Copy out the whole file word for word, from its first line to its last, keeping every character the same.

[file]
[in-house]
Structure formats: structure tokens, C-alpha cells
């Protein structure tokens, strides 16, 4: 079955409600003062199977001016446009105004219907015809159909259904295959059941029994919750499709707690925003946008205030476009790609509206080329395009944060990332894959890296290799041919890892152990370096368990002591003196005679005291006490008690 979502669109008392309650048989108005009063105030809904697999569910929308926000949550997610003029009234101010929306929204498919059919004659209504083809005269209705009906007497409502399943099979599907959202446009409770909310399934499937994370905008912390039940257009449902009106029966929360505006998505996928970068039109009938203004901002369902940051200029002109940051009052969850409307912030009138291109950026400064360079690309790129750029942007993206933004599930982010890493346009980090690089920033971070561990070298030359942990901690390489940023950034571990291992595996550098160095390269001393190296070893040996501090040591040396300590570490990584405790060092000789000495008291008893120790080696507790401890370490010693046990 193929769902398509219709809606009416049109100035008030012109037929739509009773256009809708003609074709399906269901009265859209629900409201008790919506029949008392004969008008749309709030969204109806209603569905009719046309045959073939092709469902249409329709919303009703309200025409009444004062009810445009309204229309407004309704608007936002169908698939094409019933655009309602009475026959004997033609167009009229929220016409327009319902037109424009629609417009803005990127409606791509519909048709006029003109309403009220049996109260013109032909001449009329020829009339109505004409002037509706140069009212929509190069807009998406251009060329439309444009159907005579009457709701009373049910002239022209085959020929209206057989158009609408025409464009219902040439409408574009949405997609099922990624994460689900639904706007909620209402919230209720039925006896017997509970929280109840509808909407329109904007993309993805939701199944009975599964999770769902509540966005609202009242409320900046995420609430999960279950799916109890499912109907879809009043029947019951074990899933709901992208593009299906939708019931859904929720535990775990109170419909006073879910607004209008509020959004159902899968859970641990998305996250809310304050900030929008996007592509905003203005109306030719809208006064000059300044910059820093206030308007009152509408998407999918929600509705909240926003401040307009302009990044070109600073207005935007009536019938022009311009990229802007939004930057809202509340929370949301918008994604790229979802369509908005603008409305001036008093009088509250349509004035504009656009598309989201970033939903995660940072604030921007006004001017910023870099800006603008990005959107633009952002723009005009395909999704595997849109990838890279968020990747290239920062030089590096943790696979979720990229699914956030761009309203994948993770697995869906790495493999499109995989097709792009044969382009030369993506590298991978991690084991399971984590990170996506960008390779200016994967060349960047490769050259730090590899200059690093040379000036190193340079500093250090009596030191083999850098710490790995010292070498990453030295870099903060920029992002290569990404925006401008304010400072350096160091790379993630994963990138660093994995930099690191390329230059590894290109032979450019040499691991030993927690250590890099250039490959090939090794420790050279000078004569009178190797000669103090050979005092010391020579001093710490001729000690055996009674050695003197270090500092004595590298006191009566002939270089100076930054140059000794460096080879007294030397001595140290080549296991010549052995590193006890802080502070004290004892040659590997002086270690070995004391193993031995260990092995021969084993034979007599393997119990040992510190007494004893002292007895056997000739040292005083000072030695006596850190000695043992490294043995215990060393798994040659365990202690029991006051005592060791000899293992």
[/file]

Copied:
[in-house]
Structure formats: structure tokens, C-alpha cells
């Protein structure tokens, strides 16, 4: 079955409600003062199977001016446009105004219907015809159909259904295959059941029994919750499709707690925003946008205030476009790609509206080329395009944060990332894959890296290799041919890892152990370096368990002591003196005679005291006490008690 979502669109008392309650048989108005009063105030809904697999569910929308926000949550997610003029009234101010929306929204498919059919004659209504083809005269209705009906007497409502399943099979599907959202446009409770909310399934499937994370905008912390039940257009449902009106029966929360505006998505996928970068039109009938203004901002369902940051200029002109940051009052969850409307912030009138291109950026400064360079690309790129750029942007993206933004599930982010890493346009980090690089920033971070561990070298030359942990901690390489940023950034571990291992595996550098160095390269001393190296070893040996501090040591040396300590570490990584405790060092000789000495008291008893120790080696507790401890370490010693046990 193929769902398509219709809606009416049109100035008030012109037929739509009773256009809708003609074709399906269901009265859209629900409201008790919506029949008392004969008008749309709030969204109806209603569905009719046309045959073939092709469902249409329709919303009703309200025409009444004062009810445009309204229309407004309704608007936002169908698939094409019933655009309602009475026959004997033609167009009229929220016409327009319902037109424009629609417009803005990127409606791509519909048709006029003109309403009220049996109260013109032909001449009329020829009339109505004409002037509706140069009212929509190069807009998406251009060329439309444009159907005579009457709701009373049910002239022209085959020929209206057989158009609408025409464009219902040439409408574009949405997609099922990624994460689900639904706007909620209402919230209720039925006896017997509970929280109840509808909407329109904007993309993805939701199944009975599964999770769902509540966005609202009242409320900046995420609430999960279950799916109890499912109907879809009043029947019951074990899933709901992208593009299906939708019931859904929720535990775990109170419909006073879910607004209008509020959004159902899968859970641990998305996250809310304050900030929008996007592509905003203005109306030719809208006064000059300044910059820093206030308007009152509408998407999918929600509705909240926003401040307009302009990044070109600073207005935007009536019938022009311009990229802007939004930057809202509340929370949301918008994604790229979802369509908005603008409305001036008093009088509250349509004035504009656009598309989201970033939903995660940072604030921007006004001017910023870099800006603008990005959107633009952002723009005009395909999704595997849109990838890279968020990747290239920062030089590096943790696979979720990229699914956030761009309203994948993770697995869906790495493999499109995989097709792009044969382009030369993506590298991978991690084991399971984590990170996506960008390779200016994967060349960047490769050259730090590899200059690093040379000036190193340079500093250090009596030191083999850098710490790995010292070498990453030295870099903060920029992002290569990404925006401008304010400072350096160091790379993630994963990138660093994995930099690191390329230059590894290109032979450019040499691991030993927690250590890099250039490959090939090794420790050279000078004569009178190797000669103090050979005092010391020579001093710490001729000690055996009674050695003197270090500092004595590298006191009566002939270089100076930054140059000794460096080879007294030397001595140290080549296991010549052995590193006890802080502070004290004892040659590997002086270690070995004391193993031995260990092995021969084993034979007599393997119990040992510190007494004893002292007895056997000739040292005083000072030695006596850190000695043992490294043995215990060393798994040659365990202690029991006051005592060791000899293992």